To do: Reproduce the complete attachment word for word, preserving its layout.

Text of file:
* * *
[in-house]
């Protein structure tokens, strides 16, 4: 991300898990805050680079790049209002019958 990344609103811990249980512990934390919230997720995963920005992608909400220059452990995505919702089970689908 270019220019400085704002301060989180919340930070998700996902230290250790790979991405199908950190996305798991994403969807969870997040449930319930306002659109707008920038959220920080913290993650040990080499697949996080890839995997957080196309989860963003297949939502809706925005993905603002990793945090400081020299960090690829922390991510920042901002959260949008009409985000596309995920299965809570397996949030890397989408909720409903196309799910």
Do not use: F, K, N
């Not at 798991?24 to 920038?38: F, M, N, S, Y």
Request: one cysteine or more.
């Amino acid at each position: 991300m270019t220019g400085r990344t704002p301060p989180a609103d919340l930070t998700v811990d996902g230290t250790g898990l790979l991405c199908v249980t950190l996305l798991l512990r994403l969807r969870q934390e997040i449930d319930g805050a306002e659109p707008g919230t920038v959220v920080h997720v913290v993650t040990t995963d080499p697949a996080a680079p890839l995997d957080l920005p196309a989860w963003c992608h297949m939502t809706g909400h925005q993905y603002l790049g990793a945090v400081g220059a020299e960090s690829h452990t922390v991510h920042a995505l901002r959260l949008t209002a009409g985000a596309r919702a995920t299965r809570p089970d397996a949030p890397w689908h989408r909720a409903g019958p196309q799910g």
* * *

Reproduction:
[in-house]
């Protein structure tokens, strides 16, 4: 991300898990805050680079790049209002019958 990344609103811990249980512990934390919230997720995963920005992608909400220059452990995505919702089970689908 270019220019400085704002301060989180919340930070998700996902230290250790790979991405199908950190996305798991994403969807969870997040449930319930306002659109707008920038959220920080913290993650040990080499697949996080890839995997957080196309989860963003297949939502809706925005993905603002990793945090400081020299960090690829922390991510920042901002959260949008009409985000596309995920299965809570397996949030890397989408909720409903196309799910």
Do not use: F, K, N
């Not at 798991?24 to 920038?38: F, M, N, S, Y």
Request: one cysteine or more.
């Amino acid at each position: 991300m270019t220019g400085r990344t704002p301060p989180a609103d919340l930070t998700v811990d996902g230290t250790g898990l790979l991405c199908v249980t950190l996305l798991l512990r994403l969807r969870q934390e997040i449930d319930g805050a306002e659109p707008g919230t920038v959220v920080h997720v913290v993650t040990t995963d080499p697949a996080a680079p890839l995997d957080l920005p196309a989860w963003c992608h297949m939502t809706g909400h925005q993905y603002l790049g990793a945090v400081g220059a020299e960090s690829h452990t922390v991510h920042a995505l901002r959260l949008t209002a009409g985000a596309r919702a995920t299965r809570p089970d397996a949030p890397w689908h989408r909720a409903g019958p196309q799910g």